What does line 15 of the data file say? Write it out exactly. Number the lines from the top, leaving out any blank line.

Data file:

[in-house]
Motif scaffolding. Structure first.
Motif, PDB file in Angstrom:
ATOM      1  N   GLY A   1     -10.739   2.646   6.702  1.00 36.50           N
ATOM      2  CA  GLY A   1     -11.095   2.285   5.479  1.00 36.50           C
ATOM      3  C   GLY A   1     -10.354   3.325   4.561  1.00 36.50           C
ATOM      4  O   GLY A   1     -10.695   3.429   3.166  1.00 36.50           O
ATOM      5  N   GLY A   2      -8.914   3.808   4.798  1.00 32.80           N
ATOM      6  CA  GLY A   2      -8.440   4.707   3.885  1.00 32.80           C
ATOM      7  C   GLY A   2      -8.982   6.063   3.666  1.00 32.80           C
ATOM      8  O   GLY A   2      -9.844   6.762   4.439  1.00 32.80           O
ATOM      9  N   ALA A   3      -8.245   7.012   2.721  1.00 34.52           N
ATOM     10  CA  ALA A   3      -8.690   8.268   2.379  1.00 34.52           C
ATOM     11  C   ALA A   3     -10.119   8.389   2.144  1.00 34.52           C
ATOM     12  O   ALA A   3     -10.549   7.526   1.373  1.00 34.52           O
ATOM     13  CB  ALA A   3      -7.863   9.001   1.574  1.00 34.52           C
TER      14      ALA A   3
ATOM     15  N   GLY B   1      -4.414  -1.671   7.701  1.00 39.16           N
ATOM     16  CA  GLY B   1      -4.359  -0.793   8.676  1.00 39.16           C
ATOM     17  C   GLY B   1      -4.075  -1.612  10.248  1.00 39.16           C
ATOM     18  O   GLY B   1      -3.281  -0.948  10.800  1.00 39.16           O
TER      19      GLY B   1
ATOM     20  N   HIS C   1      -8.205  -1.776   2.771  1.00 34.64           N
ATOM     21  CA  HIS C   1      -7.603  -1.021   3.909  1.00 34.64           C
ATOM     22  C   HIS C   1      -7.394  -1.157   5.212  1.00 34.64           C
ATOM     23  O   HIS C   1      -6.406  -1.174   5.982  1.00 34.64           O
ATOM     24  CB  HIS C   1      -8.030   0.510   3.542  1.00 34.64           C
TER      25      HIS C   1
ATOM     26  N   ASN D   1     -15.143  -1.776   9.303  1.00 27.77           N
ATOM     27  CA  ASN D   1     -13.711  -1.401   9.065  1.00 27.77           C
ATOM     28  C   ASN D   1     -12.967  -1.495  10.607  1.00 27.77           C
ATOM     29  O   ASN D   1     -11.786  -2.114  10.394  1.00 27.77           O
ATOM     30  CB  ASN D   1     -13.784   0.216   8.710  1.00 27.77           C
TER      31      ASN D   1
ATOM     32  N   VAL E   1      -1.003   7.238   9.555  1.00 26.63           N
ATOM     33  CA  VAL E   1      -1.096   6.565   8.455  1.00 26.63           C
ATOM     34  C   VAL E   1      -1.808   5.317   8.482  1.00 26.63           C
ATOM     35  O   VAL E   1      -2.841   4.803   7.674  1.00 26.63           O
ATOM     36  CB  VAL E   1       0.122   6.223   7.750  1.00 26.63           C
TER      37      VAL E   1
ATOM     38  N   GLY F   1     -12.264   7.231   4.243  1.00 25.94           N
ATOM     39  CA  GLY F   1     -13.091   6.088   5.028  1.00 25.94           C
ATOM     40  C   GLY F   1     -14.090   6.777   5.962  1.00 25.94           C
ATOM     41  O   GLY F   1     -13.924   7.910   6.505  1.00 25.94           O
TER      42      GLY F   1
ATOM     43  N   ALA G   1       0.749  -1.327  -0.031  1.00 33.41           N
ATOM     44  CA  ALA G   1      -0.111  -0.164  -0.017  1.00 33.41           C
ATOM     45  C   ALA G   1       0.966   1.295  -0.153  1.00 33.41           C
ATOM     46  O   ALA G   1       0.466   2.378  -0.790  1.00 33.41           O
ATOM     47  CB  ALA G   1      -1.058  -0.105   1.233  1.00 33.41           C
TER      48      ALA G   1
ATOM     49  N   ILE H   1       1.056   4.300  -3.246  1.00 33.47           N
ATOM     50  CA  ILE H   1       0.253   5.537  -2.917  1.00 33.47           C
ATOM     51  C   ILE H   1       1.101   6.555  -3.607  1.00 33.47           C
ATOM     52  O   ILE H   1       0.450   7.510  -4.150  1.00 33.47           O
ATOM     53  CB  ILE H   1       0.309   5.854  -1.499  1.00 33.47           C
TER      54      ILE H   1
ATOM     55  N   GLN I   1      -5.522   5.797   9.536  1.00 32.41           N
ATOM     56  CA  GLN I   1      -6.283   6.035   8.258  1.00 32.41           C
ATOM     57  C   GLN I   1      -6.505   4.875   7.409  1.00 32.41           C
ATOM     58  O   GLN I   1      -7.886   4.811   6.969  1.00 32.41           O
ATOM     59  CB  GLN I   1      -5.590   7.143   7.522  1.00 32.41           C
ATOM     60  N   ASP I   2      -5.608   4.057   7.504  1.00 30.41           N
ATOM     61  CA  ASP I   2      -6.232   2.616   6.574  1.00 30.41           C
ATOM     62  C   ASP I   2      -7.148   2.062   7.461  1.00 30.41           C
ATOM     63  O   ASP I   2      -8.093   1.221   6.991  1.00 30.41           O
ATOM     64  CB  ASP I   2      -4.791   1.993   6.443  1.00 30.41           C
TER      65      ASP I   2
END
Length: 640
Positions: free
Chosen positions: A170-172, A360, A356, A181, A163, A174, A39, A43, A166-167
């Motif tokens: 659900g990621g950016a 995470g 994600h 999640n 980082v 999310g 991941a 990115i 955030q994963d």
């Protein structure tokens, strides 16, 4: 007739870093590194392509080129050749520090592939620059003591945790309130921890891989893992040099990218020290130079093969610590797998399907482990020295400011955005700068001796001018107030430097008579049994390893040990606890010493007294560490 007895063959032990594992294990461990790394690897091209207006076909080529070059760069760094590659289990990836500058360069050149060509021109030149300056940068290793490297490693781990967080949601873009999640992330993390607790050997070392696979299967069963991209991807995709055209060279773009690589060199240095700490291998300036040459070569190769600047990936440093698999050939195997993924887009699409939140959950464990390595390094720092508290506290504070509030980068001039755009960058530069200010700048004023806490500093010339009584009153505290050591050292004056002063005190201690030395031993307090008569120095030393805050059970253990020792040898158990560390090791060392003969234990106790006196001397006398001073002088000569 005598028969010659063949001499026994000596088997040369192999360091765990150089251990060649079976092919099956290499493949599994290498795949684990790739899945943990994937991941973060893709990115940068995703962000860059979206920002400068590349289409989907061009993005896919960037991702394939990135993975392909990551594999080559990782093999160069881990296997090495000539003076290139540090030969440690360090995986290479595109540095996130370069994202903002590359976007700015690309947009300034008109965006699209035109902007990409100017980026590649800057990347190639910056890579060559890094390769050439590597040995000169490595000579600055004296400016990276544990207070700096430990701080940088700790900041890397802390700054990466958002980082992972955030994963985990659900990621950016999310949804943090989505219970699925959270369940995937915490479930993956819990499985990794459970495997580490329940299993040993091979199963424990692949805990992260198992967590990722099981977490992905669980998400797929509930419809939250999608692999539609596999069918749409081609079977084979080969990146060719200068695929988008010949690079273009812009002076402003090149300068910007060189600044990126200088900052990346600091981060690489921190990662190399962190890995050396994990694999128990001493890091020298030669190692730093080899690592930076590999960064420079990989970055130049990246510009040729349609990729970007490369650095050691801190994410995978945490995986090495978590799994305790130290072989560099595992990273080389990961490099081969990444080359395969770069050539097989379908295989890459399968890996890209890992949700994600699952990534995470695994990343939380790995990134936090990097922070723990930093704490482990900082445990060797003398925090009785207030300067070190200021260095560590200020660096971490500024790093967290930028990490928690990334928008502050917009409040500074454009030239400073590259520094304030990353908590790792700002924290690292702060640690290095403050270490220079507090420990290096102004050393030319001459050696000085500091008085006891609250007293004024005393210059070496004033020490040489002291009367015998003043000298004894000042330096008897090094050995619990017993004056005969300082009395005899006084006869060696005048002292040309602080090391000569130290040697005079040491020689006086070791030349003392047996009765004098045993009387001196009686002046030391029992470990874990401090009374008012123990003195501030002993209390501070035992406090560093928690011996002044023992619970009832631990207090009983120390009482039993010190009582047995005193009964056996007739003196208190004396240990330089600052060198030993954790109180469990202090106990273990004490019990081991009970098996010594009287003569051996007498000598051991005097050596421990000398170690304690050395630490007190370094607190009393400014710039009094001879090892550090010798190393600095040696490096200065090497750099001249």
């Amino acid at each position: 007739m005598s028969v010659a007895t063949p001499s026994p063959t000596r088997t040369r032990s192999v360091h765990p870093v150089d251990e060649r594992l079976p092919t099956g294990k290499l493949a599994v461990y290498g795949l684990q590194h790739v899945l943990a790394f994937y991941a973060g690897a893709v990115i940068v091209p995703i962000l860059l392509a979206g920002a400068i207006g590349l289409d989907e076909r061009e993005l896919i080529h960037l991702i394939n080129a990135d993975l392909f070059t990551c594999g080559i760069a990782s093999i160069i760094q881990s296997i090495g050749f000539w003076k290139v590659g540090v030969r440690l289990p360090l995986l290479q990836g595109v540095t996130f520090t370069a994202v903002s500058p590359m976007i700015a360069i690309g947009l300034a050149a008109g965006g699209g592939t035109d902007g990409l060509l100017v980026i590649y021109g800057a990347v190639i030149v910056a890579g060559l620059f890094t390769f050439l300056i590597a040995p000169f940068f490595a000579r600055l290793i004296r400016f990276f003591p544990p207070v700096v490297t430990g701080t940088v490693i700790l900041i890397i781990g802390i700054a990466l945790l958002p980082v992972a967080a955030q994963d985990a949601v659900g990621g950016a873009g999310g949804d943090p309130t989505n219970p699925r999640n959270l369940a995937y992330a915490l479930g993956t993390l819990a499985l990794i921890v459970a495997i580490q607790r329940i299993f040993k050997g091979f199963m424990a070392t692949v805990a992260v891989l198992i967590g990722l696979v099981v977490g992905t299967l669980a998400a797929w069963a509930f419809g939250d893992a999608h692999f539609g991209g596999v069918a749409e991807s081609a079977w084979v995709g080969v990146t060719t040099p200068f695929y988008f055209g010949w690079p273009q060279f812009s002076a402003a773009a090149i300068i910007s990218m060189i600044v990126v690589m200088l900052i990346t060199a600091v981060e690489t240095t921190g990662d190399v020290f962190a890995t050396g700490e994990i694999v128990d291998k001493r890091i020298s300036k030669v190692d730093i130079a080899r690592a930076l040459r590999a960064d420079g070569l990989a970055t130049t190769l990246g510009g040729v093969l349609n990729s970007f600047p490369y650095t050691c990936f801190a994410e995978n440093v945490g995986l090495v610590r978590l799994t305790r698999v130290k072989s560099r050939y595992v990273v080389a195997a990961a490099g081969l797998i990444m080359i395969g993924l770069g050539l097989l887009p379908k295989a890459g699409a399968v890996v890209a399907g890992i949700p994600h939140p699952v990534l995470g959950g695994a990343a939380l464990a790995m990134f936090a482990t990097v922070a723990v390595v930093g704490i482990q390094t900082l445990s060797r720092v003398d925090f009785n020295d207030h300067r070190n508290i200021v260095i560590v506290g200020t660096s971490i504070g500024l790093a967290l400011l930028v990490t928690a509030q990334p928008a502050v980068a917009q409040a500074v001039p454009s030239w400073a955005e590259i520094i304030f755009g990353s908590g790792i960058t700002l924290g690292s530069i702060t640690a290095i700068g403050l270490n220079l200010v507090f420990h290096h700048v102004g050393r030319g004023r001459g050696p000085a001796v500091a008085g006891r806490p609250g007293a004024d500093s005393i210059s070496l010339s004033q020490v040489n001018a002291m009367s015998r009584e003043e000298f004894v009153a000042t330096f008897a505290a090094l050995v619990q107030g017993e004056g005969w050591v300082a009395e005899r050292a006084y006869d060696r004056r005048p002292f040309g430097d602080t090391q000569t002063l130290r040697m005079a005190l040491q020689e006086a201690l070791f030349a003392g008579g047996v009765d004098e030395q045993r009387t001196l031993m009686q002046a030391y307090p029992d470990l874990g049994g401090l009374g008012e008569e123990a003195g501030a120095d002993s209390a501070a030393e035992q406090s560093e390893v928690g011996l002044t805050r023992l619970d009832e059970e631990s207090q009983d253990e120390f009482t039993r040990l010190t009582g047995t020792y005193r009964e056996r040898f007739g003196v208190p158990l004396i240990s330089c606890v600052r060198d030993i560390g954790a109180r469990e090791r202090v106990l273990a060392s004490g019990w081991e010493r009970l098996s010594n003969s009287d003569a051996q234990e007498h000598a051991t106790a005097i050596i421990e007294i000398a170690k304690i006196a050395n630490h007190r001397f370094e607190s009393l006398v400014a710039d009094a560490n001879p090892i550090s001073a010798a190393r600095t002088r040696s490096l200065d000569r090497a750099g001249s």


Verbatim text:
ATOM     12  O   ALA A   3     -10.549   7.526   1.373  1.00 34.52           O